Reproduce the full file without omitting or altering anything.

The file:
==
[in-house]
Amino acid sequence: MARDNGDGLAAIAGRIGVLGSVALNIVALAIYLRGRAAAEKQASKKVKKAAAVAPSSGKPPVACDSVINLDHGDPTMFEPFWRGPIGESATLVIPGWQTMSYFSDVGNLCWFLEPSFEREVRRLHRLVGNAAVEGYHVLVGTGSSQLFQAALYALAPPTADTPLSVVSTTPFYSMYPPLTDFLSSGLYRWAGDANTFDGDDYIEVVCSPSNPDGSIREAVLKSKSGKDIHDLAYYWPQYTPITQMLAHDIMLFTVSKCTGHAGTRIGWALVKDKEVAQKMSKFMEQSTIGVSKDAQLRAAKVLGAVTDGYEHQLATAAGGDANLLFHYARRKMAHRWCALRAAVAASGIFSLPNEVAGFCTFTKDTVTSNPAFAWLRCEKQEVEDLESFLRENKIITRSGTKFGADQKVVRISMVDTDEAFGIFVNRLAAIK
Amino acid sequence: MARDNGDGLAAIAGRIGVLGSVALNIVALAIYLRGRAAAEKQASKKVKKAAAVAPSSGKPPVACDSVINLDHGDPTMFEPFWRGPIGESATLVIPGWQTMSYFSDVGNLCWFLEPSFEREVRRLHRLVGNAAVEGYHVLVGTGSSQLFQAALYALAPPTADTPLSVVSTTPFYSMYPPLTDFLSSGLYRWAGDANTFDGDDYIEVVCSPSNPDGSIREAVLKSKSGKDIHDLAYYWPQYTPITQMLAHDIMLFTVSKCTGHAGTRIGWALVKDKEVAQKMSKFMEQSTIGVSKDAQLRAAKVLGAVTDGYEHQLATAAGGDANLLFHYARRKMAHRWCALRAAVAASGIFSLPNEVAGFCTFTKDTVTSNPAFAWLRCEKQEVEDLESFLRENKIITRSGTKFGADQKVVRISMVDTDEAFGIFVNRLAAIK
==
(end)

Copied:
[in-house]
Amino acid sequence: MARDNGDGLAAIAGRIGVLGSVALNIVALAIYLRGRAAAEKQASKKVKKAAAVAPSSGKPPVACDSVINLDHGDPTMFEPFWRGPIGESATLVIPGWQTMSYFSDVGNLCWFLEPSFEREVRRLHRLVGNAAVEGYHVLVGTGSSQLFQAALYALAPPTADTPLSVVSTTPFYSMYPPLTDFLSSGLYRWAGDANTFDGDDYIEVVCSPSNPDGSIREAVLKSKSGKDIHDLAYYWPQYTPITQMLAHDIMLFTVSKCTGHAGTRIGWALVKDKEVAQKMSKFMEQSTIGVSKDAQLRAAKVLGAVTDGYEHQLATAAGGDANLLFHYARRKMAHRWCALRAAVAASGIFSLPNEVAGFCTFTKDTVTSNPAFAWLRCEKQEVEDLESFLRENKIITRSGTKFGADQKVVRISMVDTDEAFGIFVNRLAAIK
Amino acid sequence: MARDNGDGLAAIAGRIGVLGSVALNIVALAIYLRGRAAAEKQASKKVKKAAAVAPSSGKPPVACDSVINLDHGDPTMFEPFWRGPIGESATLVIPGWQTMSYFSDVGNLCWFLEPSFEREVRRLHRLVGNAAVEGYHVLVGTGSSQLFQAALYALAPPTADTPLSVVSTTPFYSMYPPLTDFLSSGLYRWAGDANTFDGDDYIEVVCSPSNPDGSIREAVLKSKSGKDIHDLAYYWPQYTPITQMLAHDIMLFTVSKCTGHAGTRIGWALVKDKEVAQKMSKFMEQSTIGVSKDAQLRAAKVLGAVTDGYEHQLATAAGGDANLLFHYARRKMAHRWCALRAAVAASGIFSLPNEVAGFCTFTKDTVTSNPAFAWLRCEKQEVEDLESFLRENKIITRSGTKFGADQKVVRISMVDTDEAFGIFVNRLAAIK